Deeply embedded in his ideological DNA, Obama has followed this pattern throughout his presidency, so it was disgusting, but not all that surprising, when Obama in 2014 announced that he was reversing decades of U.S. policy regarding the murderous, communist Castro regime, and re-opening the U.S. embassy in Havana as part of a resumption of diplomatic relations. This week, Obama announced that he would be the first U.S. president to visit Cuba since President Calvin Coolidge in 1928, though that was under far different circumstances.

“So it may be conservatism’s lot to return to the wilderness” ~ Noah Rothman

Expect the conversation regarding who is truly conservative to heat up in the coming weeks. Noah Rothman has a fantastic piece at Commentary about Trump and his brand of “conservatism” and how, while conservatives have been here before, there is reason for concern but not despair:

It’s easy for Republicans who know quite well that Trump is not conservative, and barely even pretends to be one, to indulge despair. That’s a bit self-indulgent. Conservatism has known the wilderness before. While there have been popular conservatives, conservatism properly understood is not popular. The vehicle through which conservatives achieve political power – the Republican Party — may be well and truly euthanized in the event of a Trump nomination, but the ideology to which its most effective politicians adhere will not be so easily put down.

Trump supporters have been vocal (not unfairly) that the GOP — specifically their unwillingness to work for the good of the people, to listen to the demands of the voter, to fulfill the promises they made to their constituencies once elected — gave rise to Donald Trump. The irony is that the riseof Donald Trump may be what returns conservatism — if not the Republican party — back to its roots.

Marco Rubio, for his part, has received endorsements over the last few days that will highlight the other side of the debate, namely: does being a Republican automatically make you a member of the establishment?

Trump Voters Weren’t Betrayed by the GOP, He’s Their White Knight

A broken clock is right twice a day, and Saturday night Van Jones was that malfunctioning timepiece. On CNN’s coverage of the South Carolina GOP primary results, he’d had enough of the media’s placating Trump’s antics and the teeming hordes who eat it up.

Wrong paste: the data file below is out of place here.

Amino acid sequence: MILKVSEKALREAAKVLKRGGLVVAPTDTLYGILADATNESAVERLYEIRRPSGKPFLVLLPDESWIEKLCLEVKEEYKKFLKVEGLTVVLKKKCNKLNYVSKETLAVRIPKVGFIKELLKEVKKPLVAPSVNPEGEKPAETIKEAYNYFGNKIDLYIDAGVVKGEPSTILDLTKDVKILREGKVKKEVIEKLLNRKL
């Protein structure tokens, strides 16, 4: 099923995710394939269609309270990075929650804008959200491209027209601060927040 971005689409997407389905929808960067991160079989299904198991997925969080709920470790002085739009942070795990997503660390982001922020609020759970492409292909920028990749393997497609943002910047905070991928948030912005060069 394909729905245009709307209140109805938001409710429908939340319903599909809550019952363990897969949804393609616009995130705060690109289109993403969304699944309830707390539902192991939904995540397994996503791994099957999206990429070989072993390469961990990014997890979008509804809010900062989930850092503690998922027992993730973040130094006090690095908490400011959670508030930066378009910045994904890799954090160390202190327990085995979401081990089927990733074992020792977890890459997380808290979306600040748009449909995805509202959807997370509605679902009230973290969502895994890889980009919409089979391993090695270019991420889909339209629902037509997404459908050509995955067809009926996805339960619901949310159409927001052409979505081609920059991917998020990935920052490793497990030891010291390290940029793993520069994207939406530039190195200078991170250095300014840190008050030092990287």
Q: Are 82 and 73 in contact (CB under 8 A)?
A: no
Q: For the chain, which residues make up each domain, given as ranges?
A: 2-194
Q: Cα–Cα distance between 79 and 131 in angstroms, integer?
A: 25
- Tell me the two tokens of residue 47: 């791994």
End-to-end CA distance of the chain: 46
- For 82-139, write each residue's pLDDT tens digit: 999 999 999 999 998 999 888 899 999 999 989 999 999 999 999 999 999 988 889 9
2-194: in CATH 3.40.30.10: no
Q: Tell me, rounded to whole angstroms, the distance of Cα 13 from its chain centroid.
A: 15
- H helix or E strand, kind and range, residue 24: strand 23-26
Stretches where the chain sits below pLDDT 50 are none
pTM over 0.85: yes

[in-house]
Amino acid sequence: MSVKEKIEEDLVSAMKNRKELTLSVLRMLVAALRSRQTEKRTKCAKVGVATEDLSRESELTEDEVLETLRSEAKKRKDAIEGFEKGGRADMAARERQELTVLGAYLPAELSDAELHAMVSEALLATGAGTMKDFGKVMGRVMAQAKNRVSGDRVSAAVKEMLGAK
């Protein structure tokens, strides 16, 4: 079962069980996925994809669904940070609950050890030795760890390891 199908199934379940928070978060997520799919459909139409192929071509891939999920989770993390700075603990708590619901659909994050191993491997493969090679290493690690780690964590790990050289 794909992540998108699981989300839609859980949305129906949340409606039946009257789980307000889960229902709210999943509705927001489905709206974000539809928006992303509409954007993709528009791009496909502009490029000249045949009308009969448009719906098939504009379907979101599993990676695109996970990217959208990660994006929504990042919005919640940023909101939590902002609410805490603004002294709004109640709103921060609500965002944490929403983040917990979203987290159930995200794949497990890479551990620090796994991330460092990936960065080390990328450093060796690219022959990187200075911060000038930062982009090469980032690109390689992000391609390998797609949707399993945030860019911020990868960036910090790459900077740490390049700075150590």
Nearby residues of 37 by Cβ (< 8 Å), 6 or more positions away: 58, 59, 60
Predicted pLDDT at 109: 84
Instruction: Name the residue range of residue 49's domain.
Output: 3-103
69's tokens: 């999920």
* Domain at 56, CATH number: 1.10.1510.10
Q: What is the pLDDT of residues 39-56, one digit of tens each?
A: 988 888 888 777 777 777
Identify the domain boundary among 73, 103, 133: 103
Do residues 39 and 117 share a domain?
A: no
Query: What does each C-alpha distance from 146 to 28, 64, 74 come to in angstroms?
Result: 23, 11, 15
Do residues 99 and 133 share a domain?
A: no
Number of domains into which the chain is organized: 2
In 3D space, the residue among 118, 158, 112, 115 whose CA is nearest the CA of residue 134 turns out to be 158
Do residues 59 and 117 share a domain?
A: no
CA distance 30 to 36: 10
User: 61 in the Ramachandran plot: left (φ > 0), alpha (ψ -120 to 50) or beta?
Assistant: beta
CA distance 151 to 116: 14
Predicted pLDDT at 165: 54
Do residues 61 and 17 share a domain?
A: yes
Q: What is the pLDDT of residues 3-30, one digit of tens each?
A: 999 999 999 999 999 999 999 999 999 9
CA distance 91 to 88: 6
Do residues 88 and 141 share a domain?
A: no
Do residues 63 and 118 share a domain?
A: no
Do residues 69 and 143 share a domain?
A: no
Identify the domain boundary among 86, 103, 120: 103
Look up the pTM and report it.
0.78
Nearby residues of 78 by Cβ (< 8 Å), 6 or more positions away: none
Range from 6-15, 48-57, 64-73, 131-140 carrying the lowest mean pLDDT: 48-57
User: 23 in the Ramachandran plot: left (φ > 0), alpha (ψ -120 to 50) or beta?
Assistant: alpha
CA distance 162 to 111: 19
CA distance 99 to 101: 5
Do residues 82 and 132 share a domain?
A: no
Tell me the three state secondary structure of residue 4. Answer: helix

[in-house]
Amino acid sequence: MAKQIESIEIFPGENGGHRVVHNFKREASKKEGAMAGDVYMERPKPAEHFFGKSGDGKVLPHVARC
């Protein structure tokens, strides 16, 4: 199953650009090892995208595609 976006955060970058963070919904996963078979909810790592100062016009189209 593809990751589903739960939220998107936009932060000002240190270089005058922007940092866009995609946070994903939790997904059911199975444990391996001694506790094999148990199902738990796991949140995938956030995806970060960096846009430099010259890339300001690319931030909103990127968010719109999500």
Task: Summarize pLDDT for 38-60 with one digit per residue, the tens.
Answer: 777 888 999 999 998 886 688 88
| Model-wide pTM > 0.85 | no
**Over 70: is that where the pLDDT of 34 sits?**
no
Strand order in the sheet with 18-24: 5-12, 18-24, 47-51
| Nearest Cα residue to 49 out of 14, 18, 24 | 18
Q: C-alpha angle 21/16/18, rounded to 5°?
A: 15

Jones is absolutely right that the media has “adapt[ed] to the absurdity” of Trump’s campaign. One of the worst ways they’ve done this is by accepting the premise that his popularity is a reaction to the GOP’s failure to enact change or stop Obama over the last 7 years. As Erick Erickson put it six months ago: “The Republican Party created Donald Trump, because they made a lot of promises to their base and never kept them.”

What a load of hogwash. Here’s why.

Beating the VAT Horse Until It’s Dead

Originally published at International Liberty ~ Ed.

This is a very strange political season. Some of the Senators running for the Republican presidential nomination are among the most principled advocates of smaller government in Washington.

Yet all of them have proposed tax plans that, while theoretically far better than the current system, have features that I find troublesome. Marco Rubio, for instance, leaves the top tax rate at 35 percent, seven-percentage points higher than when Ronald Reagan left town.

Meanwhile, both Ted Cruz and Rand Paul (now out of the race) put forth plans that would subject America to value-added tax.

This has caused a kerfuffle in Washington, particularly among folks who normally are allies. To find common ground, the Heritage Foundation set up a panel to discuss this VAT controversy.

You can watch the entire hour-long program here, or you can just watch my portion below and learn why I want Senator Cruz to fix that part of his plan.

On Scalia Vacancy, GOP Should Follow Democrats’ Example

“The Constitution is not a living organism…It’s a legal document, and it says what it says and doesn’t say what it doesn’t say.” ~ Supreme Court Justice Antonin Scalia